As a little girl, I learned that “To love thy neighbor as thyself” was one of the greatest commandments of God; I memorized the ten commandments. I recited them perfectly, just as I did my lines in my plays. I got A’s in my religion class. But, in my heart, I would give myself an “F” for not heeding this advice from both the old and new testaments.

Why didn’t the nuns explain that loving our neighbor as ourselves would someday mean crossing through the woods, bringing a basket like little Red Riding hood to a new neighbor’s door, and even helping them move in? That it just didn’t mean “not throwing stones at them,” but occasionally throwing them a party? Why didn’t they tell us that to be a good neighbor, we had to put on the calendar: “Call neighbor to see how she is doing.” Maybe if we had “acted out” this commandment in theatrical splendor–complete with old lady costumes, baskets of pretend food, suitcases to carry in and out of the house, with the boys dressed in coats and ties, and the girls donning aprons, holding baby dolls in their arms (it was the fifties, remember)–maybe then I would have gotten it!

Knock, knock. Door opens.

N: Hi, I’m Nancy, and I would like to welcome you  to the neighborhood. I’ve baked you and your family some chocolate chip cookies.

M: Why, thank you Nancy, would you like to come in for some coffee?

N: Of course, thank you. What a lovely home. And I see you have a swing set outside. Do you have children?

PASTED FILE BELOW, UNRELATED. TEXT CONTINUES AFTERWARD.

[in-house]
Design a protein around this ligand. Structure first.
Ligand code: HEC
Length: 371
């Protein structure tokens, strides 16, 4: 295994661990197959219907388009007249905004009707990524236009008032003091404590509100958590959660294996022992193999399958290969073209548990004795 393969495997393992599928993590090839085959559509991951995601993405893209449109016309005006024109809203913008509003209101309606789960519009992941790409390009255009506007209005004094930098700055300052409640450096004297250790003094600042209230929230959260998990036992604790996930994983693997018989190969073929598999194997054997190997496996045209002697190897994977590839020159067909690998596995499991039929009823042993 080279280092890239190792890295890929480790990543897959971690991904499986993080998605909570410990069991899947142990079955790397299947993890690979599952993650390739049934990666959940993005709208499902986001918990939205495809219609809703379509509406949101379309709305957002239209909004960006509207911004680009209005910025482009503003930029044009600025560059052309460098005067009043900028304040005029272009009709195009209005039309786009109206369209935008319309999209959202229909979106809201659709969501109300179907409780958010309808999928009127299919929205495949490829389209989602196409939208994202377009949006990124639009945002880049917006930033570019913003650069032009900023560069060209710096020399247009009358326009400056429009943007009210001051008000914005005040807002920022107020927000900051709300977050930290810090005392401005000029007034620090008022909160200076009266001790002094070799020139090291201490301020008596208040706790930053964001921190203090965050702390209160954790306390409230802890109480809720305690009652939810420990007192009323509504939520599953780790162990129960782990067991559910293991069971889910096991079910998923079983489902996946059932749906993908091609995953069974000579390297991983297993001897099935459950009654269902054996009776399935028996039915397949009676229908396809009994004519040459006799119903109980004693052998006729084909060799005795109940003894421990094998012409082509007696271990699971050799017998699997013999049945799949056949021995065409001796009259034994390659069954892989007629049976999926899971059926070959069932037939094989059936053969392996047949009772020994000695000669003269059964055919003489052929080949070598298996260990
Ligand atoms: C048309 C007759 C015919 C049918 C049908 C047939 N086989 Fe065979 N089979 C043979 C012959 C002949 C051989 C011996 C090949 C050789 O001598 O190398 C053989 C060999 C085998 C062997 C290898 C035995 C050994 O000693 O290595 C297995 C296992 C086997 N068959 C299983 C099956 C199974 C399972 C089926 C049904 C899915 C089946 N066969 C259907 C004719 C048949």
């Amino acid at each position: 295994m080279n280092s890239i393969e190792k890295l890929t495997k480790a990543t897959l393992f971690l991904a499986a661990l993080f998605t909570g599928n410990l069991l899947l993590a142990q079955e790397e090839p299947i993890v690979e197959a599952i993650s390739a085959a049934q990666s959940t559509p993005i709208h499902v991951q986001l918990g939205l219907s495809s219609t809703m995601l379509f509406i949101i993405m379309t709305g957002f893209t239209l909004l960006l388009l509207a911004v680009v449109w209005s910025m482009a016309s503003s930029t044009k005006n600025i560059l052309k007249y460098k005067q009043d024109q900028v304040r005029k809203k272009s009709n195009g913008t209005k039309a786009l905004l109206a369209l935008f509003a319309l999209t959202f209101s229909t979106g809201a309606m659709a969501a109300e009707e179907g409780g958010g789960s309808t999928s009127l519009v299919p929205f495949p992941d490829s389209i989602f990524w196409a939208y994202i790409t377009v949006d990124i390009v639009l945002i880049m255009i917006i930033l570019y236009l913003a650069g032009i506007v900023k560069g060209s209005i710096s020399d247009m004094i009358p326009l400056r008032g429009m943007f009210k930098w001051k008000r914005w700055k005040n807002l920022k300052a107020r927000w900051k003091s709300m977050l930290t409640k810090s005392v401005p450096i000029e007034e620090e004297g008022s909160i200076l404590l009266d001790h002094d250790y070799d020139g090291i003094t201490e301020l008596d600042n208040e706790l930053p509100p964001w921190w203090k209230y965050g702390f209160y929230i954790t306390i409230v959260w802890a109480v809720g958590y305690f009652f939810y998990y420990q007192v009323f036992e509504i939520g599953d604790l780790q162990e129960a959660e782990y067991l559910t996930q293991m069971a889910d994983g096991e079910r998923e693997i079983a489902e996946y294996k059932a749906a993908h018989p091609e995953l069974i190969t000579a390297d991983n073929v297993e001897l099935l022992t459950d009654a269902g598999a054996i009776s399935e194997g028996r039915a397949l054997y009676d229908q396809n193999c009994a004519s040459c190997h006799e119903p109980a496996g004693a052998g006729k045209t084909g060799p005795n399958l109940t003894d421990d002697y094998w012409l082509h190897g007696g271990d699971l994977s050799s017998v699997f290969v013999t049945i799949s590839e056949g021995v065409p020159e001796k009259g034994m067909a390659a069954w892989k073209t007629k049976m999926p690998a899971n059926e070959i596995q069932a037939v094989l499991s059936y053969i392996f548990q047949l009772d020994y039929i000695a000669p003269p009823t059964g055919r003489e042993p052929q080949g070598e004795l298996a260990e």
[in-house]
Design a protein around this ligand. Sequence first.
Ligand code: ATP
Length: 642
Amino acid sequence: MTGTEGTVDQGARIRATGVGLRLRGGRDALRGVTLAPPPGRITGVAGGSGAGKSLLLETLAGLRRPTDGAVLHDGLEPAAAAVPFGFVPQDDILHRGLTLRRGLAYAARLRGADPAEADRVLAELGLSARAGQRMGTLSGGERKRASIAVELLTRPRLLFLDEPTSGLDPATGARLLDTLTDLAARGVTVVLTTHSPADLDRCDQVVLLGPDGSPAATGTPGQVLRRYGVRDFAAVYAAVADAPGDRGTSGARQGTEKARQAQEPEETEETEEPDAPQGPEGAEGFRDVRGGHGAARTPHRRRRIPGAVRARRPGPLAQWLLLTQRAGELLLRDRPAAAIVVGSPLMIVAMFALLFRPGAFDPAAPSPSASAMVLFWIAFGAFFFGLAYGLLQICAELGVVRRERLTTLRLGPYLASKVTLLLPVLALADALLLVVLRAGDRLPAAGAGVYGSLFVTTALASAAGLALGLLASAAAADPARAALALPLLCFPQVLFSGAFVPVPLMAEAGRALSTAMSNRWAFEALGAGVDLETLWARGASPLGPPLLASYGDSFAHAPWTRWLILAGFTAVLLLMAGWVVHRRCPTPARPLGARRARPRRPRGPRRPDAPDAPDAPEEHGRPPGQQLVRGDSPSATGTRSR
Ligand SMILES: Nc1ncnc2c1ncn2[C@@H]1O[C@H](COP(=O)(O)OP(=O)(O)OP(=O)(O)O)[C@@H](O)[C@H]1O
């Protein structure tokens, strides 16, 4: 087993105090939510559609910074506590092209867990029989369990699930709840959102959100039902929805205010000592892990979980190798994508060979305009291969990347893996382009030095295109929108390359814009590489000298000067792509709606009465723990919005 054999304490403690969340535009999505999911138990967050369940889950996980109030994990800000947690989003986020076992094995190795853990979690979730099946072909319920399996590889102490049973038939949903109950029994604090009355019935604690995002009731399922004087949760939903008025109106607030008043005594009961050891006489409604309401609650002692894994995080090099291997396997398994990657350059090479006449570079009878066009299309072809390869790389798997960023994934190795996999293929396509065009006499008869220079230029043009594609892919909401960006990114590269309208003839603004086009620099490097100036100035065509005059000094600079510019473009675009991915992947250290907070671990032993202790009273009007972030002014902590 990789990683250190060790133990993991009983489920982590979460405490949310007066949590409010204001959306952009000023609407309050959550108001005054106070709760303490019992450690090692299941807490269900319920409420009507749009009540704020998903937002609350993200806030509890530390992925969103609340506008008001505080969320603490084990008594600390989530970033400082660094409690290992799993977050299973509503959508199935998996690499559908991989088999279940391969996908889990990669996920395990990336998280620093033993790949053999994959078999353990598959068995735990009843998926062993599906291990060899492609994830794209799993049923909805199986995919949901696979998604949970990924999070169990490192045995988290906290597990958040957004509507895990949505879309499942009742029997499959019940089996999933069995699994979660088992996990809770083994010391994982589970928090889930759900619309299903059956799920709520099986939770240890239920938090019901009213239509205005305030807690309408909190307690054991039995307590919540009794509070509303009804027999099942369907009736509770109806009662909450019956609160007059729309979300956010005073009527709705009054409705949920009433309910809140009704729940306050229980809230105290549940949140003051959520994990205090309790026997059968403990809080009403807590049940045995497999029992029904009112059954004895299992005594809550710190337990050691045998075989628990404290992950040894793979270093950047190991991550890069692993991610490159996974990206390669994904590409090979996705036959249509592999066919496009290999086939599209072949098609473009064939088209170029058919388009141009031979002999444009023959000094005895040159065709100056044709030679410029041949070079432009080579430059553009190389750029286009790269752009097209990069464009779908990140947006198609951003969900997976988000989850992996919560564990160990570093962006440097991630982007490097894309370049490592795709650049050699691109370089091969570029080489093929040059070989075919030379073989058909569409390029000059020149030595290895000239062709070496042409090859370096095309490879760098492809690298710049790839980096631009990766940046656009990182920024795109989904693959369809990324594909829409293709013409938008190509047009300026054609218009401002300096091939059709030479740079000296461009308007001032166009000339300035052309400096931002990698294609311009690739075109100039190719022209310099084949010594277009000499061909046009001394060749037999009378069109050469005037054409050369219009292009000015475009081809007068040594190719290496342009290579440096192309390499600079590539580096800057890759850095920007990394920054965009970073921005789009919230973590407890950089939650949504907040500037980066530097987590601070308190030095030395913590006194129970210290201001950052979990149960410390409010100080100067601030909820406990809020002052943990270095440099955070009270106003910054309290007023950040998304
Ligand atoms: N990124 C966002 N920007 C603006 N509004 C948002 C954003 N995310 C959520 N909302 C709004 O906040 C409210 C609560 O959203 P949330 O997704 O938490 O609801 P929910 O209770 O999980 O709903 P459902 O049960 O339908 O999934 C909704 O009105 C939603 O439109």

M: Yes, I have two. A boy, 6, and a girl, 4.

N: Really? I have two just about the same ages–we’ll have to get them together.

M: Yes, that’d be nice. Let’s schedule a play date.

And so our children had that play date and many more. Their friendships flourished, but ours waned. Why wasn’t it as simple for us to continue our connection? Why didn’t we follow through? 

I am living with that regret now. I was that neighbor who called on the new neighbor. Our children became friends, literally crawling through the woods to see each other as children and then sneaking through the woods to each other’s teen parties, staying awake late into the night. We Mothers would commiserate by phone, hoping and praying that all would be safe, and making them spend the night if we smelled anything other than coca-cola on their breath.

And through those formative years, we talked over the fence and shared stories of their antics and sporting events and grades. We compared worries as we went from driving them to watching them drive us crazy. Occasionally, one of us invited the other in for a little wine & whine. This always ended up in laughter that eased our collective anxieties.

Our children grew and eventually we grew apart. We were both busy settling and visiting our children in different colleges all across the country.  My neighbor and I would run into each other at the store, and exchange college stories while we filled our grocery carts.

“We must get together with our husbands,” I said.

“Let’s have dinner together soon.”  We both promised to call each other and make a date of it.

Five more years passed by and we saw each other again at a neighborhood coffee shop.

M: What’s going on in your yard? I hear an awful lot of pounding.

N:  Yes, our oldest is getting married, literally in our back yard. (I felt awkward that I did not invite them–but it had been years since the high school parties had ended, and our daughter had a whole new circle of friends from her university.)

M: Well, congratulations to the lucky man–We wish you all well.

N: (weakly, almost apologetically) Thank you. When all the pomp and circumstance is over, let’s get together. I’ll need a little R & R. And  I want to hear about what Joey is doing in Australia.

M: Great, call me anytime.

N: Will do.

So… another five years flew by, and we ran into each other in the drugstore.